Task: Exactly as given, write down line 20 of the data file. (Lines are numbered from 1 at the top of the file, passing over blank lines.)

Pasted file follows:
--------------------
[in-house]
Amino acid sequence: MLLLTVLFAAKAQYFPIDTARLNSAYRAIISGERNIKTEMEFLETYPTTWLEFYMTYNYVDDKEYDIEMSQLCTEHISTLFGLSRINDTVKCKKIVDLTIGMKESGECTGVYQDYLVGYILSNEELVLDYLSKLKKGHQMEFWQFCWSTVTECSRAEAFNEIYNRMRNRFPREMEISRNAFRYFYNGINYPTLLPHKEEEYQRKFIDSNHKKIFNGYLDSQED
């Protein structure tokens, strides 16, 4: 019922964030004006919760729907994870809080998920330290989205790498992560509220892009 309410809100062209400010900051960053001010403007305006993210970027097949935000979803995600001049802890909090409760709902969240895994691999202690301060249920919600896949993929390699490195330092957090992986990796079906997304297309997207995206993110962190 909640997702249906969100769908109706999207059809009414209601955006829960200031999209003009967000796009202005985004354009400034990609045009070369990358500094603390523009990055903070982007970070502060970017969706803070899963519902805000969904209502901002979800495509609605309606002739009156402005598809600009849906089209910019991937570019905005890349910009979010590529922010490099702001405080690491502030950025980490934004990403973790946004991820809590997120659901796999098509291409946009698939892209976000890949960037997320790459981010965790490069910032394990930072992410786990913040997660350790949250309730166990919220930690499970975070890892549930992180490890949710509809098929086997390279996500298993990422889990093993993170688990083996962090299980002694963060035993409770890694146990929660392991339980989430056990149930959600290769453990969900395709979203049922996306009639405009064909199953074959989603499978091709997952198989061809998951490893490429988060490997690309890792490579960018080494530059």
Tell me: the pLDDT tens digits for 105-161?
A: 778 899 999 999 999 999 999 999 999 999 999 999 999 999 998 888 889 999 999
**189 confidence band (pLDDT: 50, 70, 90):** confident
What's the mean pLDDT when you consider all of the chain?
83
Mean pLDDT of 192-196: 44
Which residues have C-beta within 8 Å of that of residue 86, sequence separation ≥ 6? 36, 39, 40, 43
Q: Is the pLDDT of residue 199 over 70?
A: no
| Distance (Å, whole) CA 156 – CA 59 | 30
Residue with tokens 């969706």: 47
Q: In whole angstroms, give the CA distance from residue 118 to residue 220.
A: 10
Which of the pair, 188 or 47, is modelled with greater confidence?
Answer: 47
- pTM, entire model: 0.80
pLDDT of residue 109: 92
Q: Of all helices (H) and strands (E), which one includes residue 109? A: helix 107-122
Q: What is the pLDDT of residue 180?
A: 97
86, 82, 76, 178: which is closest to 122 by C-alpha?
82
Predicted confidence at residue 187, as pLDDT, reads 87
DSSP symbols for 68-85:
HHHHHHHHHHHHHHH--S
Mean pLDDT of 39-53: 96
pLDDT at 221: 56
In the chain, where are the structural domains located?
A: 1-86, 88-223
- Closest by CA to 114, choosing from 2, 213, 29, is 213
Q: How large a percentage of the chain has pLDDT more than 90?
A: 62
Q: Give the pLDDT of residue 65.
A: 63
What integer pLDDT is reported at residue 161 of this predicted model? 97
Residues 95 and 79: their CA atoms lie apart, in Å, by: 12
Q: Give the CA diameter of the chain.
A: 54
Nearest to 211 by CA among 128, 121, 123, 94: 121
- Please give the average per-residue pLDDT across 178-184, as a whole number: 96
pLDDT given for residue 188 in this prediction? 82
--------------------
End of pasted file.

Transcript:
pLDDT of residue 109: 92